Comm 162 midterm study guide
Comm 162 midterm study guide Comm162
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This 11 page Study Guide was uploaded by Erica Evans on Sunday February 7, 2016. The Study Guide belongs to Comm162 at Stanford University taught by Shanto Iyengar in Fall 2016. Since its upload, it has received 42 views. For similar materials see Campaigns, Voting, Media in Communication Studies at Stanford University.
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Date Created: 02/07/16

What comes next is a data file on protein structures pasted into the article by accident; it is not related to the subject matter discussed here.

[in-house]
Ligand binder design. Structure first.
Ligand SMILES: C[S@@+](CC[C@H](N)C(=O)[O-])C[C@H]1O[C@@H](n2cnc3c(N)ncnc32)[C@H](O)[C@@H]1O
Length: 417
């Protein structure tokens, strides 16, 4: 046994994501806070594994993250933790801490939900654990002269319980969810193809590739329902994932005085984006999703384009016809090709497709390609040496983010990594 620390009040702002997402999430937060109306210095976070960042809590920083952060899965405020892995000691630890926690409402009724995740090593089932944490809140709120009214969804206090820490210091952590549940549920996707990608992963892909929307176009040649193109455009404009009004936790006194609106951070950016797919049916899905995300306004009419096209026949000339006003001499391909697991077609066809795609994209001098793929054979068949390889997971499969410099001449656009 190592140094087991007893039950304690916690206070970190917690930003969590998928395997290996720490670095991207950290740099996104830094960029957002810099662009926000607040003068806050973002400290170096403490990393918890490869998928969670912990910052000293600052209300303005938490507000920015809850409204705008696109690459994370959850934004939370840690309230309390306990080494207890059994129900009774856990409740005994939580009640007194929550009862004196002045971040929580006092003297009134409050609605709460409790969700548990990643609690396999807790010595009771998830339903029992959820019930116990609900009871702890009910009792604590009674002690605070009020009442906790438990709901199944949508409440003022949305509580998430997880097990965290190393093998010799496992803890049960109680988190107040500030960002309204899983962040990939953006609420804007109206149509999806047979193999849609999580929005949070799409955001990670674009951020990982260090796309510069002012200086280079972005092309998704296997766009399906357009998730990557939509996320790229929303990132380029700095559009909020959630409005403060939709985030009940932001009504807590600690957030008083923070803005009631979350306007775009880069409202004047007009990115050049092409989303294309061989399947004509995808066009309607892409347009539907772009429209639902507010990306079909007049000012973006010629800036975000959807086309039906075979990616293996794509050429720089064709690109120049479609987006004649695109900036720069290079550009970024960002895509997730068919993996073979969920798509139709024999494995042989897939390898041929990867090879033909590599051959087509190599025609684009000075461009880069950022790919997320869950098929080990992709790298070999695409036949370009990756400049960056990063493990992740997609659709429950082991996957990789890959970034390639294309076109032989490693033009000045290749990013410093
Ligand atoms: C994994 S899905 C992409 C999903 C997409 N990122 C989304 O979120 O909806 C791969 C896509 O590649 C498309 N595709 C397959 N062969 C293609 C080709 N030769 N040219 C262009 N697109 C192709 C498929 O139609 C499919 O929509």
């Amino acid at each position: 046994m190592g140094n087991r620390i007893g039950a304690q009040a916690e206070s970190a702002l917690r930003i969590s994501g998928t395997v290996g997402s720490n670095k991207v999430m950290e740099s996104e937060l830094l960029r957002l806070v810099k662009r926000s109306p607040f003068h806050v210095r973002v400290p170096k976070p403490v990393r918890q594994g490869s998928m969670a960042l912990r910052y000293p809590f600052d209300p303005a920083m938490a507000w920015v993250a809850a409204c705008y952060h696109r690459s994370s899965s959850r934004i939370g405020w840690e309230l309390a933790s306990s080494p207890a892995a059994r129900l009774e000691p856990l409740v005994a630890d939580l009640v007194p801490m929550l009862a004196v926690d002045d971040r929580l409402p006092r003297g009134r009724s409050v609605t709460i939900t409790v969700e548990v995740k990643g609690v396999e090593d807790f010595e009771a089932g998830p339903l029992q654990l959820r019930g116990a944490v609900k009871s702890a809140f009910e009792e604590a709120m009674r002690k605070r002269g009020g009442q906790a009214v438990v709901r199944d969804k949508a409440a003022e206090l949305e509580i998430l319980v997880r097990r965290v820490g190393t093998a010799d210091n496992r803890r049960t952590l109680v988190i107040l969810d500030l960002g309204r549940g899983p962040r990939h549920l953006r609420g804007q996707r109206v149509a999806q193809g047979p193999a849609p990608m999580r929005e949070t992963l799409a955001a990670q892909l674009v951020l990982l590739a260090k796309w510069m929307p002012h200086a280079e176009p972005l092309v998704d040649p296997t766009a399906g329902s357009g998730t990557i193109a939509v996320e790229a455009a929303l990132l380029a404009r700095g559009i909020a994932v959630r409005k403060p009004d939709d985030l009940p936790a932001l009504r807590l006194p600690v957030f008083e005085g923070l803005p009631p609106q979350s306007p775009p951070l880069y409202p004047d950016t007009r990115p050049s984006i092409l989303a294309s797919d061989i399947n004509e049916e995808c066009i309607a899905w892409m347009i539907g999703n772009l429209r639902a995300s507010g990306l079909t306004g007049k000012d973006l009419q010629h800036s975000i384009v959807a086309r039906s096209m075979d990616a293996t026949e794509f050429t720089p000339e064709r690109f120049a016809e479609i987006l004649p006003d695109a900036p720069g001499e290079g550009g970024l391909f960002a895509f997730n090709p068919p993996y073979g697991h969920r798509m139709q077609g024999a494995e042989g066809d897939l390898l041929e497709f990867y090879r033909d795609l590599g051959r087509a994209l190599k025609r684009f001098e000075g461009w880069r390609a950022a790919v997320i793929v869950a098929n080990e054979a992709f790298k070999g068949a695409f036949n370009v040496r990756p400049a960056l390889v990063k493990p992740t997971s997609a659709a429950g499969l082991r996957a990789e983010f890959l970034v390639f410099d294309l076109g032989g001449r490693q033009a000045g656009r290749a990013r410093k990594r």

Comm162 Midterm Study Guide 2/6/2016 TERMS: “Micro-‐targeting”: Today, if you are a registered party member, you will bombarded by contacts. There are voter files and these are mined by many organizations. People see what kinds of products you buy and what kind of media you consume. Parties figure out just what kind of message they should send. “Party discipline”: If you are elected as a Dem or Rep, you are expected to vote along the party line. You cannot vote against the party as a politician who has been elected. (In America, you are not legally bound, but in other countries you could be expelled). “Party/Member identification.” People acquire bonds with political parties early in life – as early as kindergarten. It’s like being a part of a team. This passed down from your parents and stays with people through their entire lives. “Free agent candidates” Candidates that are autonomous, or independent of the party. They do not need permission to declare candidacy from the party. In the US you just need financial resources; you don’t need any experience. In fact sometimes that is preferred. In the rest of the world, party organizations control this selection, and so they are not “free agent candidates.” “Party machines” In US big cities, there used to be strong party organizations that came to be known as party machines. They doled out benefits in exchange for votes and mobilized thousands to vote on the basis of economic benefits. “Party patronage” When immigrants arrived in a city, the political party machine leaders provided short-‐term employment and subsistence payments. They offered financial incentives for votes. “Public Financing Rules” You can use tax money to campaign. But this caps what you can spend, so no one has opted for this since 2000. Today, this is more academic. All American candidates rely on private finance. “Closed Primary” (most common) – Eligibility to vote is based on registration aka It’s basically a country club. You have to pay dues. “Open Primary” – Michigan is an example of this. The problem is democrats could go vote for a weak republican candidate and there is possibility for sabotage. So all party leaders are against this. But people want this because this is America and there is this anti-‐party sentiment and people want freedom. “Blanket or “top two” primary” (CA and WA) – all candidates from all parties are on the same ballot; in practice outcomes from CA and WA are not different from those instates with a closed system. But technically you could get two candidates from the same party. “Front-‐loading” – The whole campaign strategy is squeezed is into the first two weeks – because of the importance of early primaries. This has changed though, because they have spread out the primaries more. Ex: Whereas McCain had won by Feb. 6, Romney didn’t win until May 22. Party Lists and GOTV – The main role of parties, is getting people to get out and vote. Data shows this works. More people vote when they are directly contacted by these organizations. Elite polarization – Polarization among party elites and politicians. This is un-‐ debated. Mass polarization – Polarization among normal citizens. People debate whether or not this exists. Proportional representation system -‐-‐ In Europe, you might get new political parties every cycle because it is a proportional representation system. If you get 10 percent of the votes, you get 10% of the seats in parliament. In the US, it is much harder to start a new party. Even if you get 20% of the vote, you will have 0 representation in the national government. This is why we have a 2 party system. Partisan realignment – When the party system and what each party stands for changes in a big way. The last partisan realignment was the Great Depression. Before this, the working class was dominated by republicans. Then, FDR was elected on the basis of the expansion of social welfare state. This created the divide between the working class (democrat) vs. wealthy people (republican). Public Sphere –there is an ongoing debate about issues and policy in a democratic state. A Marketplace of ideas – The theory that news should tune you into a variety of positions and ideas. Watchdog function – Media is meant to hold government and other institutions accountable. But this function has been weakened. Ex: Bush’s claims about Iraq’s nuclear weapons were totally backed up by the press, even though they turned out to be totally false. There is a distinction now (starting after 1984) that U.S. reporting is more “mediated” rather than “descriptive,” there is no more unedited coverage of political actors. Instead, journalists attempt to contextualize what was said. Sound bytes – these are shrinking; you don’t get to hear extended clips of candidates speaking on the news anymore. In 1968, you would have seen like 5 minutes of politicians speaking in their own words. Today, it is 10 seconds. “Motivated reasoning” – Even when you try to correct people’s misperceptions, it just reinforces their beliefs, because they feel defensive. “Knowledge gap” – Is education correlated with knowledge? In the U.S. it is highly correlated. The more educated people know much more about world affairs. In other similar countries however, even uneducated people manage to have a relatively good understanding of politics. “Inadvertent audience” – In other countries there is public broadcasting that requires brief news bulletins to be shown during peak watching hours. People end up viewing news inadvertently Ex: BBC runs news during halftime of premier soccer games. Conclusion: U.S.’s market-‐oriented deregulated news media leads to lack of “civic news” and more “soft news”. European system with both public (paid for by tax payers/subsidized by the state) and private broadcasting is most effective at informing citizens about civic affairs. Equal time provision: When the FCC required that equal time be given to all candidates on the air. (was repealed) Fairness doctrine – A rule that media companies had to counter any negative commentary equally with the opposing view (was repealed) The fairness doctrine: must have balanced treatment of controversial issues (was repealed) “Polemics” This is a European tradition – newspapers follow different parties Types of media systems: • 1) Liberal model – US, UK, Australia • 2) Democratic Corporatist Model – Scandinavia, Germany • 3) “Polarized-‐Pluralist” – Italy, Spain Nielson ratings: The major ratings system for media viewership. Their rating system uses units of Gross Rating Point, GRP = 1.1 million viewers “Sweeps” – 4 times a year, there is a two-‐week period when Nielson ratings are measured. Then advertising rates are based on those audience numbers. The networks pull out all the stops to get people to watch during this time. “Mirror image” The idea that news reflects reality. News is anything that is newsworthy. This is a reliable and unbiased sample of the news of the day. (But this idea is totally false) “Market model” Theory that news is simply whatever sells. Soft news will drive out hard news. Eventually news networks will reach equilibrium between hard news for political junkies and soft news for everyone else. Beats – reporters are assigned to report on a specific subject, or location. “The golden triangle” = the area between the White House, the State Dept. and the Pentagon. Pack Journalism: there are leaders and there are followers. There are high prestige outlets: The NYT, Washington post. If the NYT puts something on the front page, ABC, CBS CNN will surely talk about that thing that night. Ad-‐watching – Journalists start analyzing and critiquing political ads. Fact-‐checking – CNN was the first network to have a dedicated correspondent for fact-‐checking. Indexing – (Paper by Bennett – Journalists invariably rely on someone who has an official position. Government officials are favored as journalistic sources. Because the American tradition is rooted in idea of objectivity, a good way to translate objectivity is to simply index the content of the report to the debate that is going on in Washington. The debate that is going on in the elite strata will be reflected in reporting. Point counter-‐point reporting. Selective exposure: people select the content of news they want to encounter on a regular basis. “The Daily Me” – customized news consumption The attentive public hypothesis: these people are interested in news b/c they are political junkies and everyone else is looking for entertainment. The people that know a lot will know more and others will know nothing. The rich get richer idea. Polarization hypothesis: if you have political preferences, you will seek information that supports your party. Issue public hypothesis: People are interested in specific policy areas. People who own guns or are members of the NRA have an overriding interest in gun control etc. There are compartmentalized areas of interest. They just seek out information that applies to them. Negativity Bias: people are talked more about by blogs that hate them than blogs that support them. De facto selectivity (or accidental exposure): Ex: Businessmen read the Wall Street Journal. They do not read it because they are republican, but there is a correlation between being a businessman and being conservative, so more conservatives read the Wall Street Journal. Free rider problem: a problem in all social organizations. You know that other people are going to show up to the protest, so why go? This problem also applies to voting: we know plenty of other people will vote so we don’t need to. Freedom FROM the press: There is direct candidate to voter communication. Candidates don't need the press to get their message out. Opinion: A more concrete position on one issue, more dynamic and subject to change with new information. Attitude: Broader, more diffuse, deep-‐seated, not likely to change over time Cognitive: refers to beliefs that people have Affective (evaluation): the emotional, liking component Behavioral (action): are people going to actually act on their opinions? It turns out that attitudes and behaviors are only weakly affected in reality. Intensity/salience– how much do you care? Evangelicals might care a lot because their salvation is at stake, but most Americans don’t feel very intensely about politics. Connectivity – does this person prescribe to a certain ideology? Conservative ideology encompasses abortion, immigration, terrorism etc. It is a package; opinions are predictable. But for most Americans, connectivity is minimal. Informational content (or just stereotypes) – representative government relies on an informed voting public. But most people do not research policies in order to make an educated vote, They just base their opinions on stereotypes. Psychological short-‐cuts = heuristics Popkin’s “gut rationality” Ex: Gerald Ford in 1966: tried to eat a tamale with the corn husk on it, but this showed that he did not care about Latinos. People make sweeping generalizations from specific actions. Popkin’s “fire alarms”: people have 2 gears. Normally they don’t care, but when there is a huge tragedy or crisis, people become more motivated to acquire information. Police patrolling model: the opposite of fire alarm. The press is always reporting and monitoring what is going on in the world. Voters administer “rough justice” (Fiorina) – if you screw up as an elected official, you will get thrown out Egocentric voting: What’s in it for me? Sociotropic voting: How has this candidate helped society as a whole? Achen and Bartels “blind retrospection” No matter what happened, if people are upset they will blame the government. For example: blaming a government for shark attacks or a drought. Political socialization. There is a gradual political learning process that starts when you are very young. The persistence of early learning: what happens at age 5 stays with you for the rest of your life. Once a democrat, always a democrat. Generational model: Bennington study à People who became adults in 1930, when the world is thrown into economic crisis. The depression generation’s political views were profoundly impacted. Today those people are very elderly, but they are probably still strongly democrat. Socialization agents: family-‐parents, peer groups, civic education-‐schooling, mass media, direct experience Priming effect – a logical extension of agenda setting. The media primes us what to think about and what to judge candidates on based on what issues they are reporting. Framing: The way you interpret a picture is based on the frame around it. How do the news media present issues and outcomes? READINGS/PRESENTATIONS: Reading: Zaller • Reforms of party elections, party bosses are gone, but Zaller claims that parties still have a strong voice in the election process. Candidates are being judged by a pool of their peers. Elites, politicians. • It is important to receive a formal endorsement from elites. • The endorsements are highly indicative of who will win in the end. This is evidence that the party still has sway. • BUT 2016 IS GOING AGAINST THIS! Jeb Bush has the most endorsements. On the Dem side, Hilary has the most endorsements by a landslide. • Endorsements as a form of “peer review” – Zaller says this is preferable. Their ensorsements should count for something. Better than “beauty contests” of the populace. Sound Byte Democracy • Media is changing in terms of technology • Not many Sound bytes early in the 60’s • During the Nixon campaign, Nixon had a coach to get him better Sound bytes for television. • Sound bytes then, 35 sec. would have been short. Now, 15 seconds is long! • There has been more critical journalism along with shorter sound bytes • Reinforces the idea that we cannot trust politicians. • Increase ratings for local news – you must have fast-‐paced reporting. Candidates get coaching to produce good sound bytes, especially in debates, candidates tend to end with a sound byte. More on Sound bytes: • It is a huge contrast between the 70’s and now. Sound bytes used to be so long! • The press does not like to be manipulated. The culture of journalism emphasizes independence. • Start more to explain the strategy behind a candidate’s campaign Polls vs. Pols: Cohen et al • Does money predict presidential nominations? • What are the biggest predictors of party nominations? • Party insiders actually have retained as significant amount of control in party nominations. (This is a counter-‐argument to the assumption that party elites have lost power) • Polls taken before the presidential primary very accurately predict the winner. • Endorsements also play a big role – polls and endorsements are equally important predictors of the primary result. • If polls were the primarily significant factor, then you would expect endorsers to select a front-‐runner and endorse them. But, if it was the other way around, you would see party leaders making independent judgments from the polls because their endorsements mean more. • This study found that change in either polls or endorsements early on led to changes in the other. • BUT: endorsements influence polls 3x more than polls influence endorsements. • The support of party insiders does not guarantee primary success. Party insiders still pay attention to what the public wants – this candidate has to be viable. Party insiders constitute their own party within the party. • The invisible primary: there’s also a battle inside the party amongst the party insiders. Candidates try to build support from party insiders. • Party insiders are familiar with who is running, and probably more informed. • Does money predict presidential nominations? Cohen says no! • Problems with this article: If the argument is that endorsements affect polls, how do people find out about the endorsements? In reality, normal people don’t hear about or care about endorsements. • Today, Trump has no endorsements but he has a lot of popularity. • Trump is a really interesting counter-‐example to this because he has no endorsements. But this is a signal of a mistrust of the party system: if you have a lot of endorsements, you must not be a good guy, too political etc. • Bernie also has few endorsements but a lot of young people want him to be president. Bernie is playing off of this: What state hates you most? Washington D.C. Zaller: • Product substitution: the harder presidential campaigns try to control what journalists say, the more adversarial the journalists will be • Theory of media politics: journalists, media and voters all have different voters. • Candidates want to control the media through strategic campaigning • Journalists want to say something new and original, have their voice heard. When candidates try to control the news it makes this difficult. • The rational voter wants to make informed vote, but put in the least amount of effort. Time-‐saving heuristics • Journalists use controversy to put their own spin on stories • Journalists used to report news more directly without analysis • Open news strategy – relatively free access to the candidate, interviews or opening events to the press. Idea is that if you give enough information upfront, journalists won’t snoop around for more negative news. • Closed news strategy – try to restrict access to the candidates. Leave journalists with only the information the campaign provides. The journalist will substitute their own thoughts (probably negative) to substitute the information they didn’t receive. • Horserace coverage: use sound bytes and analyze them. • So why pursue closed news strategy if it just produces more negativity? Maybe the candidate thinks this is worth the risk, or that criticism is not important. • Polls standing is a critical barometer: If you are leading in the polls, you will probably pursue a closed strategy, but if you are behind, you will probably be open because any coverage will be good. • Ex: Trump is pursuing a closed strategy – he kicks out journalists, doesn’t answer questions he doesn’t like etc. Political blogosphere and the 2004 U.S. Election: divided they blog • How do political bloggers interact? • Are blogs more liberal or conservative? • Cyberbalkanization: people are only exposed to news that they are already in agreement with. They seek out sources that align with their opinions. • Analyzed 40 influential blogs two months before the election • Conservative bloggers cite each other more than liberal bloggers. Very little Cross-‐citing between conservative and liberal blogs. • Conservative bloggers were not “echo chambers” • Many bloggers support their positions by criticizing the other party • Conservatives and liberals focus on different issues – focus on issues that they ‘own’ • There was no analysis of independent blogs though People have the ability to construct their own media environment. This was not true in the old days. People thought that the internet would lead to a huge diversity of perspectives… but this didn’t happen. Now we have all these conservative and liberal bloggers, but they hardly interact with each other. Googlearchy • Information cost is central to political organization (very old theory). The information cost has been lowered with the web, but this has not translated into wider points of view. • With the advent of the web, this strain of democratic theory (information costs) was applied assuming 1) the web generates easily accessible content 2) because of this condition, citizens will tend to get information from certain media outlets and their attention will be dispersed across all the different sources • Citizens want political information (but this might not necessarily be the case!) • Political information and collective action – may not be very closely related. • The web has an egalitarian structure • Web structure matters – how many sites you link to and how many sites link to you – affects how easily your site & your information can be reached. • The author chose 200 seed sites and looked at what they linked to. How many of the links had information related to the seed site? • So… the web is very big, but the sites you can reach are very few because of the power law distribution. A few very big sites dominate the Internet. The big providers, the aggregators are where people are getting information. It’s not like there’s a million points of view out there. Going without Data: Information shortcuts: -‐ Chapter 3 from the Reasoning Voter (Popkin) -‐ For voters without all of the information on policy, they will look for short-‐ cuts -‐ Uncertainty about policies is pervasive among voters. Campaigns are designed to address this uncertainty. But campaigns are limited by short-‐cuts voters are using like party identity. -‐ Mass communication: hypodermic needle theory à will inject into all people and everyone will believe the same thing. People were worried about this. -‐ 1940’s they realized that the hypodermic needle theory doesn’t happen. The mass media delivers information to opinion leaders who disseminate the information to others. Today, these opinion leaders might be journalists who interpret and analyze the information. -‐ Relying on opinion leaders or experts is another heuristic. -‐ Party identification: the major shortcut for voting decisions. -‐ Default values: used to figure out what your party ID is. Evaluate ideology à what does this party stand for? -‐ Also, past performance and the economy are used to evaluate parties -‐ Party image and comparative assessment: during a campaign, candidates stress the things their party is known for. Republicans are tough on crime etc. -‐ ^ Theory of issue voter-‐ship -‐ Are they competent? à Campaign behavior is a shortcut to assess competence. -‐ What are the demographics? à Gender, religion, ethnicity, where are they from? -‐ What about their character or sincerity? à How is their family/private life? -‐ When do voters use heuristics? All the time! Elite Party Polarization: affects on public opinion formation -‐ Elite polarization: high levels of homogeneity within parties, distance between parties. -‐ Framing – how a speaker chooses to emphasize a subject -‐ Partisan cues: motivated reasoning theory à people seek out information that confirms their prior beliefs. Dismiss evidence that is inconsistent with their beliefs. -‐ Experiment: survey about drilling for oil and gas and the DREAM act. People were asked to identify their party. Then they were presented with different frames of an issue and asked to choose. -‐ In a polarized partisan environment, partisan motivated reasoning overwhelms all substance -‐ When presented with opposing frames of the same strength, opinions are not affected. -‐ When no polarization is present, opinion moves in the direction of how strong the framing is. -‐ Polarization intensifies the impact of party endorsements on opinions. -‐ People are less inclined to consider ‘strong’ arguments when party polarization is present.